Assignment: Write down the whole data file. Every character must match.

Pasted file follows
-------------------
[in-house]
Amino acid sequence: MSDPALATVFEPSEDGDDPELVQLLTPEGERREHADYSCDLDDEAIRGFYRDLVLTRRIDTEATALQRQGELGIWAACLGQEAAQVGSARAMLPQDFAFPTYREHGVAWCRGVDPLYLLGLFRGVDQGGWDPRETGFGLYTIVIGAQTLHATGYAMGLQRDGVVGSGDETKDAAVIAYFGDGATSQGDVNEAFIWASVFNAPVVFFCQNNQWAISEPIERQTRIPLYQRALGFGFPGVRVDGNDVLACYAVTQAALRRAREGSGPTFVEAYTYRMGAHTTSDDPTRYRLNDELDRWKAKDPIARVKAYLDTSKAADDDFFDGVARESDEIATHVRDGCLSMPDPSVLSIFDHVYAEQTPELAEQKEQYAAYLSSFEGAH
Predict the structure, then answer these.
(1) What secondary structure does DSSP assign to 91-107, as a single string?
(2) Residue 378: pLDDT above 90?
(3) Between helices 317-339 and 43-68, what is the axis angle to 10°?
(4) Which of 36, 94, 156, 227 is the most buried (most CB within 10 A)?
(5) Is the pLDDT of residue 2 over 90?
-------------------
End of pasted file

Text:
[in-house]
Amino acid sequence: MSDPALATVFEPSEDGDDPELVQLLTPEGERREHADYSCDLDDEAIRGFYRDLVLTRRIDTEATALQRQGELGIWAACLGQEAAQVGSARAMLPQDFAFPTYREHGVAWCRGVDPLYLLGLFRGVDQGGWDPRETGFGLYTIVIGAQTLHATGYAMGLQRDGVVGSGDETKDAAVIAYFGDGATSQGDVNEAFIWASVFNAPVVFFCQNNQWAISEPIERQTRIPLYQRALGFGFPGVRVDGNDVLACYAVTQAALRRAREGSGPTFVEAYTYRMGAHTTSDDPTRYRLNDELDRWKAKDPIARVKAYLDTSKAADDDFFDGVARESDEIATHVRDGCLSMPDPSVLSIFDHVYAEQTPELAEQKEQYAAYLSSFEGAH
Predict the structure, then answer these.
(1) What secondary structure does DSSP assign to 91-107, as a single string?
(2) Residue 378: pLDDT above 90?
(3) Between helices 317-339 and 43-68, what is the axis angle to 10°?
(4) Which of 36, 94, 156, 227 is the most buried (most CB within 10 A)?
(5) Is the pLDDT of residue 2 over 90?